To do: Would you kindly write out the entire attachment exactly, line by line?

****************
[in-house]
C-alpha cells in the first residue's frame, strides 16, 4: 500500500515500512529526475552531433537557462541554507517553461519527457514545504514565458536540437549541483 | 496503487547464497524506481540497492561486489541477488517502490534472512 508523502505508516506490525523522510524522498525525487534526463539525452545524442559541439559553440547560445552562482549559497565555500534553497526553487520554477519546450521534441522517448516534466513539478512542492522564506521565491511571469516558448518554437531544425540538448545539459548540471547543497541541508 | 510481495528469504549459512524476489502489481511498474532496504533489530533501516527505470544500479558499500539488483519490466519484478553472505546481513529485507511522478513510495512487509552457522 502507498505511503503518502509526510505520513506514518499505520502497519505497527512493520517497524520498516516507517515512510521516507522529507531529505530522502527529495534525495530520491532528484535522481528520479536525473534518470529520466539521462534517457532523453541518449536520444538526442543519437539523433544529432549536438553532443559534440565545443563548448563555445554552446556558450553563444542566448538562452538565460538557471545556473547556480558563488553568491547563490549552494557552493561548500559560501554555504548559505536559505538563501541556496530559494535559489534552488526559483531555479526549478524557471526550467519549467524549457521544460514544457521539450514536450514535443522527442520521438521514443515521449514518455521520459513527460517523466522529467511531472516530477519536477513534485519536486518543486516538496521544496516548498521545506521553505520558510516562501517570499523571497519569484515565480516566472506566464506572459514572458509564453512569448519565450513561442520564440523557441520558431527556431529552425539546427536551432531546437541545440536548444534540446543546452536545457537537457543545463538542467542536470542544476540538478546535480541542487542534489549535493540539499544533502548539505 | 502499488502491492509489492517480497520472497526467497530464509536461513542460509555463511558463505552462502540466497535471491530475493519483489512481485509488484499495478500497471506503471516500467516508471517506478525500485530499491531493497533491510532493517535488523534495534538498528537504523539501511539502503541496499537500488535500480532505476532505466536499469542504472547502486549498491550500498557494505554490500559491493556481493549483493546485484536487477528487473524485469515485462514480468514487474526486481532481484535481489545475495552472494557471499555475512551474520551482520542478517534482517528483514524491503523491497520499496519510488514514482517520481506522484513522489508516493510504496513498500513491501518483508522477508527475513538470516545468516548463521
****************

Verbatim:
[in-house]
C-alpha cells in the first residue's frame, strides 16, 4: 500500500515500512529526475552531433537557462541554507517553461519527457514545504514565458536540437549541483 | 496503487547464497524506481540497492561486489541477488517502490534472512 508523502505508516506490525523522510524522498525525487534526463539525452545524442559541439559553440547560445552562482549559497565555500534553497526553487520554477519546450521534441522517448516534466513539478512542492522564506521565491511571469516558448518554437531544425540538448545539459548540471547543497541541508 | 510481495528469504549459512524476489502489481511498474532496504533489530533501516527505470544500479558499500539488483519490466519484478553472505546481513529485507511522478513510495512487509552457522 502507498505511503503518502509526510505520513506514518499505520502497519505497527512493520517497524520498516516507517515512510521516507522529507531529505530522502527529495534525495530520491532528484535522481528520479536525473534518470529520466539521462534517457532523453541518449536520444538526442543519437539523433544529432549536438553532443559534440565545443563548448563555445554552446556558450553563444542566448538562452538565460538557471545556473547556480558563488553568491547563490549552494557552493561548500559560501554555504548559505536559505538563501541556496530559494535559489534552488526559483531555479526549478524557471526550467519549467524549457521544460514544457521539450514536450514535443522527442520521438521514443515521449514518455521520459513527460517523466522529467511531472516530477519536477513534485519536486518543486516538496521544496516548498521545506521553505520558510516562501517570499523571497519569484515565480516566472506566464506572459514572458509564453512569448519565450513561442520564440523557441520558431527556431529552425539546427536551432531546437541545440536548444534540446543546452536545457537537457543545463538542467542536470542544476540538478546535480541542487542534489549535493540539499544533502548539505 | 502499488502491492509489492517480497520472497526467497530464509536461513542460509555463511558463505552462502540466497535471491530475493519483489512481485509488484499495478500497471506503471516500467516508471517506478525500485530499491531493497533491510532493517535488523534495534538498528537504523539501511539502503541496499537500488535500480532505476532505466536499469542504472547502486549498491550500498557494505554490500559491493556481493549483493546485484536487477528487473524485469515485462514480468514487474526486481532481484535481489545475495552472494557471499555475512551474520551482520542478517534482517528483514524491503523491497520499496519510488514514482517520481506522484513522489508516493510504496513498500513491501518483508522477508527475513538470516545468516548463521